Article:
The Singapore Budget 2018 was presented in the parliament on 19 February by Finance Minister Heng Swee Keat. Among the many announcements made, here are the 5 key announcements that may affect ordinary Singaporeans.
Bankbazaar Singapore – February 21, 2018
Singapore: On Monday, 19 February, Finance Minister Heng Swee Keat made several announcements during his Budget speech, which will impact the average Singaporean. Here are 5 highlights of this Budget.
Since the government expects an overall surplus of S$9.6 billion for the 2017 financial year, all Singaporeans above the age of 21 will now receive a one-off “SG Bonus”. This bonus will be based on an individual’s income and ranges from S$100 to S$300.
The government also plans to increase the goods and services tax (GST) to 9% from the current rate of 7%. This increase will be implemented in a progressive manner between 2021 to 2025. The government, however, will continue to absorb the GST on subsidised healthcare and education.
Commencing from 1 January 2020, GST will have to be paid by customers who buy services from suppliers who do not have establishments in Singapore. This new e-tax tax will be levied on business-to-business as well as business-to-consumer services. It will not, however, affect e-commerce portals that cater to online shopping.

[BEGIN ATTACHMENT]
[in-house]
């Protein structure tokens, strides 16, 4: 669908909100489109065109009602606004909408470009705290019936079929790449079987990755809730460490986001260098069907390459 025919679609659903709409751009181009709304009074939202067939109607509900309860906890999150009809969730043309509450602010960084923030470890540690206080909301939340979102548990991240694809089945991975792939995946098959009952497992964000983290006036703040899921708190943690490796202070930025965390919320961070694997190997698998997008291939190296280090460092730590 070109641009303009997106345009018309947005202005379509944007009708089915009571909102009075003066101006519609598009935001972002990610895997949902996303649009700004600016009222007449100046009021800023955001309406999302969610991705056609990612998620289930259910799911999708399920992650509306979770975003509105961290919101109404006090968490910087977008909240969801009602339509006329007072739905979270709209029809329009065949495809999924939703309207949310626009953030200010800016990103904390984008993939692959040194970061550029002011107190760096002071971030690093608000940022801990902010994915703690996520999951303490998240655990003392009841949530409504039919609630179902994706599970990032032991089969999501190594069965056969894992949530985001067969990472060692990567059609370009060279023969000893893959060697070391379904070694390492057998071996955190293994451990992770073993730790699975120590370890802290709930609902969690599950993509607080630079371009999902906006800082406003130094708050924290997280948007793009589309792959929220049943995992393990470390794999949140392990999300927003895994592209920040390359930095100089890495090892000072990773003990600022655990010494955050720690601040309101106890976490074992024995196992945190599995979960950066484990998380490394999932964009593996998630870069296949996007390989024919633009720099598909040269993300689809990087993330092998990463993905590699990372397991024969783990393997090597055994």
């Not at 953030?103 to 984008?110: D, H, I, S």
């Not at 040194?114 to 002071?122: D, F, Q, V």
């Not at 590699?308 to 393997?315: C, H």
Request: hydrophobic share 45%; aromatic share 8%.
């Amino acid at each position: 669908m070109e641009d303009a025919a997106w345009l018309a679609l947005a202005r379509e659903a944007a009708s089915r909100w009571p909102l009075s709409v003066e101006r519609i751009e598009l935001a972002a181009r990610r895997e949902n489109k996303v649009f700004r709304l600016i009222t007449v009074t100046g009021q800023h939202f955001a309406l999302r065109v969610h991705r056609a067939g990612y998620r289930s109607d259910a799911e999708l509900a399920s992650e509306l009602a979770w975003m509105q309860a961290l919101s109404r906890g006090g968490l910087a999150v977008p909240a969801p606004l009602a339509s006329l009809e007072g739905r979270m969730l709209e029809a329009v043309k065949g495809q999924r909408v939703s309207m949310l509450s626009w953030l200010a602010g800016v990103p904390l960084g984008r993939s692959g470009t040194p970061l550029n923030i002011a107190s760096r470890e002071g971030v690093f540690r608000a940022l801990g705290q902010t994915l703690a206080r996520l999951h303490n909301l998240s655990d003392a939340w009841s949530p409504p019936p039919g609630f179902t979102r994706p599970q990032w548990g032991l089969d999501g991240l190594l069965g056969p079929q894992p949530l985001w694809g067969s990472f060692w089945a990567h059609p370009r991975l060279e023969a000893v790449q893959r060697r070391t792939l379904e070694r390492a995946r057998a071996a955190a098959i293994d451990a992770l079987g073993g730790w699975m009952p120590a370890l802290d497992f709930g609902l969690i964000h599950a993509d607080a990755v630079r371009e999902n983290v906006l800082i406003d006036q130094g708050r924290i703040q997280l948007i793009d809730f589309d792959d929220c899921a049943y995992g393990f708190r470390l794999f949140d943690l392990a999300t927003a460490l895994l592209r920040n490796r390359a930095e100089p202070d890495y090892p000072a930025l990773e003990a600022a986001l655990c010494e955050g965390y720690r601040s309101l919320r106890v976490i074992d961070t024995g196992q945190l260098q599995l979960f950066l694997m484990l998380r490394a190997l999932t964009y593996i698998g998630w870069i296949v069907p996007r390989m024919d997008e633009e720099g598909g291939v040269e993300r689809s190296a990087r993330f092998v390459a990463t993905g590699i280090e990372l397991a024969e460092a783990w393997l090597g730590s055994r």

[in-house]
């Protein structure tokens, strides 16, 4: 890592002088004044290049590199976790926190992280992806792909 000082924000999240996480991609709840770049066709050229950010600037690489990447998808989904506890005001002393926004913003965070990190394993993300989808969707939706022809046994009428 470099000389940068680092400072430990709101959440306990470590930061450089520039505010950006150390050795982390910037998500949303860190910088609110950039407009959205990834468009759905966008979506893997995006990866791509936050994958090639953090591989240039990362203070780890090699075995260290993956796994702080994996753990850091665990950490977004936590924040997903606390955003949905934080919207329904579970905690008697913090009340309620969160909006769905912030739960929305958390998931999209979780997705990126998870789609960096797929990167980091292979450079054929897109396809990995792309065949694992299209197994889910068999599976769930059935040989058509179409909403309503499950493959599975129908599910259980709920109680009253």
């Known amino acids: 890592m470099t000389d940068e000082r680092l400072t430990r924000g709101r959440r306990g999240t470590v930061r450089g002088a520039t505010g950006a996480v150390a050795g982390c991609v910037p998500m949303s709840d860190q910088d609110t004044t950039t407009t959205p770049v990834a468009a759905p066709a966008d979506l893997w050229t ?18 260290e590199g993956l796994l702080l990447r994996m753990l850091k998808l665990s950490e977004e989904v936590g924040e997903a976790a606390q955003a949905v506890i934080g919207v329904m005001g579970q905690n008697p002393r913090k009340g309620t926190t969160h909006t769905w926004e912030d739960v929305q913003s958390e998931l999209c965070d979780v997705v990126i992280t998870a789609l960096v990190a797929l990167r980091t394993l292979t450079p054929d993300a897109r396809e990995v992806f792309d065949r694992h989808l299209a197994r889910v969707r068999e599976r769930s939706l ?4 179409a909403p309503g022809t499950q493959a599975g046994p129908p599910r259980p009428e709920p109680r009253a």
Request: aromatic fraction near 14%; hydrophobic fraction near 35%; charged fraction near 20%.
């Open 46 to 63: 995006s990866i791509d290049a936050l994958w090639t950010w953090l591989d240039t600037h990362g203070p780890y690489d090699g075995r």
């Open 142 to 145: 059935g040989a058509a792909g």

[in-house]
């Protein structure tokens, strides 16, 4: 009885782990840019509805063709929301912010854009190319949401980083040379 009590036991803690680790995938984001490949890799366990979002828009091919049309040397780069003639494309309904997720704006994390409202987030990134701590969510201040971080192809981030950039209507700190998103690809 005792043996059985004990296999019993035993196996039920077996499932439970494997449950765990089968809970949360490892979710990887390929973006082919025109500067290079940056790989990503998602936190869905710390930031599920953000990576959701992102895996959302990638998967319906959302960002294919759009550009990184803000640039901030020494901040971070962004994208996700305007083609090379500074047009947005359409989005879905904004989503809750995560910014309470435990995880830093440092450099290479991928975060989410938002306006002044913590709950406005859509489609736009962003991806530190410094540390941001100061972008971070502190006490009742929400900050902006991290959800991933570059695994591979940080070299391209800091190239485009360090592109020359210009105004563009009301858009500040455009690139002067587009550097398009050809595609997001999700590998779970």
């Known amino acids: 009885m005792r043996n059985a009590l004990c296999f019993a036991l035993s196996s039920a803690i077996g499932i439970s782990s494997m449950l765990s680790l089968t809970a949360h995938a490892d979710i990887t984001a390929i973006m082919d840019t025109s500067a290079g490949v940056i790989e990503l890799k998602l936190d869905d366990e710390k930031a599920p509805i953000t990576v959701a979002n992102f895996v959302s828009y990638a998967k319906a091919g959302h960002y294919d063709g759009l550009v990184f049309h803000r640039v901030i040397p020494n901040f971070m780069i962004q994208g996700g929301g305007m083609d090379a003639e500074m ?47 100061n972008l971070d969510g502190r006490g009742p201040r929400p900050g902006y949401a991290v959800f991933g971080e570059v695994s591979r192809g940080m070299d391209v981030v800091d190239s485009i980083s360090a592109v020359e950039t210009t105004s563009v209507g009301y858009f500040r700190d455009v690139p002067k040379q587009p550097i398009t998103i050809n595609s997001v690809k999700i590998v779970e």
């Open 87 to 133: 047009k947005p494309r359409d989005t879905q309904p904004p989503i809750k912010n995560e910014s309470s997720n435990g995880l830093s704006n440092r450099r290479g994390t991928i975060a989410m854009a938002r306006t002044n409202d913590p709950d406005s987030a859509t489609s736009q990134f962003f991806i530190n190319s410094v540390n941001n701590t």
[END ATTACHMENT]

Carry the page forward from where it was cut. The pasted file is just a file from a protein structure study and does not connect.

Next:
In a move to reduce over reliance on maids and to ensure that the demand for foreign domestic workers (FDW) corresponds to the need for them, adjustments have been made to the FDW Levy framework. Starting from 1 April 2019, the monthly levy for the first maid employed without any levy concession will be raised to S$300 from S$265. The monthly levy for the second maid employed without concession will be increased by S$185. The current levy concession of S$60 will be retained, but the qualifying age will be raised to 67 years from the current 65.
With immediate effect, the Proximity Housing Grant (PHG) will be enhanced. Singles who buy a Housing and Development Board (HDB) resale flat to live near (within 2 to 4 kilometres) their parents will be given a grant of S$10,000, while those who decide to buy a flat and live with their parents will be granted S$15,000. Families who buy a flat to move in with their parents or to live with their married children will now receive S$30,000 from the present S$20,000.
This budget looked at addressing short-term business concerns as well as laying the foundation for long-term changes.
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